I just rediscovered this post I wrote for the Horror Writers Associate blog last year for Halloween and it's creepier than I remember. Since October seems to be a good month to be a horror writer, I think I'll write something again this year. Looking back, this past year as an author has been a great one. I've come a long way and look forward to what's ahead. Here's last year's post:
My sophomore year in college, I rented, along with a couple of friends, a house within walking distance of the University in Albuquerque, New Mexico. It was a large house, at least for the price we were getting, a little rundown, but we didn’t care. And it had a basement. A strange basement, with an ancient cast-iron furnace with pipes that snaked up through the floor, and there were some weird things down there. “I shouldn’t tell you this,” the lady showing us the place told us, after I insisted we see the basement, “but the residents a couple of years ago used to make videos down here.” She looked around nervously, whispered, “S&M videos…”
A couple of weeks before, in a drunken fugue, I’d blurted out to my good friend my idea to move off campus, to have a house where we could be as loud as we wanted to be. We’d stayed up all night talking about it along with this girl we’d maybe a week ago from one of the other dorms that had been hanging out with us a lot. Young, and high, and spontaneous, I suggested the three of us find a place and we all agreed.
The house was rented to us by the law firm that owned it next door, but the firm closed by 5PM and we were free to have people over and throw parties without risk of eviction, despite our reckless habits. I wanted to throw a Halloween party at our new house, but, it didn’t happen that way.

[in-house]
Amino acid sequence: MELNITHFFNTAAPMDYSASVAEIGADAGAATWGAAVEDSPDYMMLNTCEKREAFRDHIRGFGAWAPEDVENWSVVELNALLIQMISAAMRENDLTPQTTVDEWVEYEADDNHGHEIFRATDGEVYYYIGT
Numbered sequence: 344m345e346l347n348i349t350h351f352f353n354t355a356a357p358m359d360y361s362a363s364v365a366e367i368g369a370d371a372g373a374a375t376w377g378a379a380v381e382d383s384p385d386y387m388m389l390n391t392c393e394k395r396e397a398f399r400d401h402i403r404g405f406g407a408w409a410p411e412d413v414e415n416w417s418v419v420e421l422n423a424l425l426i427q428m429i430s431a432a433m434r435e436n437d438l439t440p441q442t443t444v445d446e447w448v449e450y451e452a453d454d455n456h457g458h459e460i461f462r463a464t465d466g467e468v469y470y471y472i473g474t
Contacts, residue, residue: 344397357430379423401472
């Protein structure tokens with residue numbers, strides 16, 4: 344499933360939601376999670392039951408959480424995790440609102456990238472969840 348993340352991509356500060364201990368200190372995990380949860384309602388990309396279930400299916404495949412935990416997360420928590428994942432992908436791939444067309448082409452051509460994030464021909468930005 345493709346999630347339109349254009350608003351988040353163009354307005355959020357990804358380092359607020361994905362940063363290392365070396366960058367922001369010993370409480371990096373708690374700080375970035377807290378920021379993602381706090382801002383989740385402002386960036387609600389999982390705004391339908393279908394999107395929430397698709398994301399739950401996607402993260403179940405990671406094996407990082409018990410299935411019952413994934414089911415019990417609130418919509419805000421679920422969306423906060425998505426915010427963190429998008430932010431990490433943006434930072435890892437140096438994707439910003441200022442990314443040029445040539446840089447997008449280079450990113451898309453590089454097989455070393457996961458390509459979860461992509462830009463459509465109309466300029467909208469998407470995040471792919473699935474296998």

In the basement, there were old things in boxes, nothing extraordinary, just forgotten desktop items and trinkets. Looking up, one could see a crimson handprint on a support beam, clearly paint, but meant to look like blood, and there were others one could find, if one really looked. Deeper in, moving past the yawning furnace, the concrete walls crumbled into dirt and there was a small, dark area with strange graffiti scrawled over what was left of the walls: dull suns with grinning faces, laughing demons, zags of lightning. And, once inside this chilly area, turning to go back, one could see a wall built from wooden planks, leather straps and chains hanging across it, hundreds of tiny nicks in the wood, where someone had practiced throwing a knife.